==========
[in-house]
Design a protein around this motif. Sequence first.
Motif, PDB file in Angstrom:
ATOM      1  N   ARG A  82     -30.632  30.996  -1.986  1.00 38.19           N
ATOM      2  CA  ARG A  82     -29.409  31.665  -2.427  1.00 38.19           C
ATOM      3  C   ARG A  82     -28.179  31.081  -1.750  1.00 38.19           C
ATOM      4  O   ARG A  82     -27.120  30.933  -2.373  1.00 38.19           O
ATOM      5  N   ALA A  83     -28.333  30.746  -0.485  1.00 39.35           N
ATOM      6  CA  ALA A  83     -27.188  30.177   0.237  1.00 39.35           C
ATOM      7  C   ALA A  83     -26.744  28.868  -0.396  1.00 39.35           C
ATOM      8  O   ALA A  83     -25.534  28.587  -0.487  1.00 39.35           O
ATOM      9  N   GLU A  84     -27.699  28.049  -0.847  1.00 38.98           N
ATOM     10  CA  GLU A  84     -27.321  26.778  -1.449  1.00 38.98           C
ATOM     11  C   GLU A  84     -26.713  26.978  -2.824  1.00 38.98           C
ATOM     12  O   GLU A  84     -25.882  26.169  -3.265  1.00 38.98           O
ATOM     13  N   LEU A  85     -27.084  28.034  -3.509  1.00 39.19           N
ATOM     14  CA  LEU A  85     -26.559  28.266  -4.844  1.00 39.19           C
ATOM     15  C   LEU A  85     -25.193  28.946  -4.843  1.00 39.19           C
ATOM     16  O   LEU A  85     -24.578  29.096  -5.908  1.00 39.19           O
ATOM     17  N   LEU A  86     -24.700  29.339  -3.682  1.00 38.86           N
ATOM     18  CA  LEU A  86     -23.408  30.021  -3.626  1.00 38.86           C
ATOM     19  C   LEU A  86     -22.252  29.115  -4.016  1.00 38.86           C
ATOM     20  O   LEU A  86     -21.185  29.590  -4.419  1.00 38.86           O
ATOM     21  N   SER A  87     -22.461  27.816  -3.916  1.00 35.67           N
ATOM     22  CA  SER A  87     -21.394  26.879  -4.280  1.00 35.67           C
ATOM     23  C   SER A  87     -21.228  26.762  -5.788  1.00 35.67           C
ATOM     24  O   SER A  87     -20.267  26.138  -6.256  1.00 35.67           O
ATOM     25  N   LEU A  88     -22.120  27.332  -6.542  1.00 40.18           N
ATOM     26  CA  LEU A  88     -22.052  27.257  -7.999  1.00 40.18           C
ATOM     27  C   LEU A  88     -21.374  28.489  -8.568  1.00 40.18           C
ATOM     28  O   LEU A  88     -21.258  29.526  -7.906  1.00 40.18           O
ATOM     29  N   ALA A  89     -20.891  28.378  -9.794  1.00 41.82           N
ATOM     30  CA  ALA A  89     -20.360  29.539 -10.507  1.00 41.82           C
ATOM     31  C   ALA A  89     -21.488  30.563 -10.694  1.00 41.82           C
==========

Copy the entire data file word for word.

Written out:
[in-house]
Design a protein around this motif. Sequence first.
Motif, PDB file in Angstrom:
ATOM      1  N   ARG A  82     -30.632  30.996  -1.986  1.00 38.19           N
ATOM      2  CA  ARG A  82     -29.409  31.665  -2.427  1.00 38.19           C
ATOM      3  C   ARG A  82     -28.179  31.081  -1.750  1.00 38.19           C
ATOM      4  O   ARG A  82     -27.120  30.933  -2.373  1.00 38.19           O
ATOM      5  N   ALA A  83     -28.333  30.746  -0.485  1.00 39.35           N
ATOM      6  CA  ALA A  83     -27.188  30.177   0.237  1.00 39.35           C
ATOM      7  C   ALA A  83     -26.744  28.868  -0.396  1.00 39.35           C
ATOM      8  O   ALA A  83     -25.534  28.587  -0.487  1.00 39.35           O
ATOM      9  N   GLU A  84     -27.699  28.049  -0.847  1.00 38.98           N
ATOM     10  CA  GLU A  84     -27.321  26.778  -1.449  1.00 38.98           C
ATOM     11  C   GLU A  84     -26.713  26.978  -2.824  1.00 38.98           C
ATOM     12  O   GLU A  84     -25.882  26.169  -3.265  1.00 38.98           O
ATOM     13  N   LEU A  85     -27.084  28.034  -3.509  1.00 39.19           N
ATOM     14  CA  LEU A  85     -26.559  28.266  -4.844  1.00 39.19           C
ATOM     15  C   LEU A  85     -25.193  28.946  -4.843  1.00 39.19           C
ATOM     16  O   LEU A  85     -24.578  29.096  -5.908  1.00 39.19           O
ATOM     17  N   LEU A  86     -24.700  29.339  -3.682  1.00 38.86           N
ATOM     18  CA  LEU A  86     -23.408  30.021  -3.626  1.00 38.86           C
ATOM     19  C   LEU A  86     -22.252  29.115  -4.016  1.00 38.86           C
ATOM     20  O   LEU A  86     -21.185  29.590  -4.419  1.00 38.86           O
ATOM     21  N   SER A  87     -22.461  27.816  -3.916  1.00 35.67           N
ATOM     22  CA  SER A  87     -21.394  26.879  -4.280  1.00 35.67           C
ATOM     23  C   SER A  87     -21.228  26.762  -5.788  1.00 35.67           C
ATOM     24  O   SER A  87     -20.267  26.138  -6.256  1.00 35.67           O
ATOM     25  N   LEU A  88     -22.120  27.332  -6.542  1.00 40.18           N
ATOM     26  CA  LEU A  88     -22.052  27.257  -7.999  1.00 40.18           C
ATOM     27  C   LEU A  88     -21.374  28.489  -8.568  1.00 40.18           C
ATOM     28  O   LEU A  88     -21.258  29.526  -7.906  1.00 40.18           O
ATOM     29  N   ALA A  89     -20.891  28.378  -9.794  1.00 41.82           N
ATOM     30  CA  ALA A  89     -20.360  29.539 -10.507  1.00 41.82           C
ATOM     31  C   ALA A  89     -21.488  30.563 -10.694  1.00 41.82           C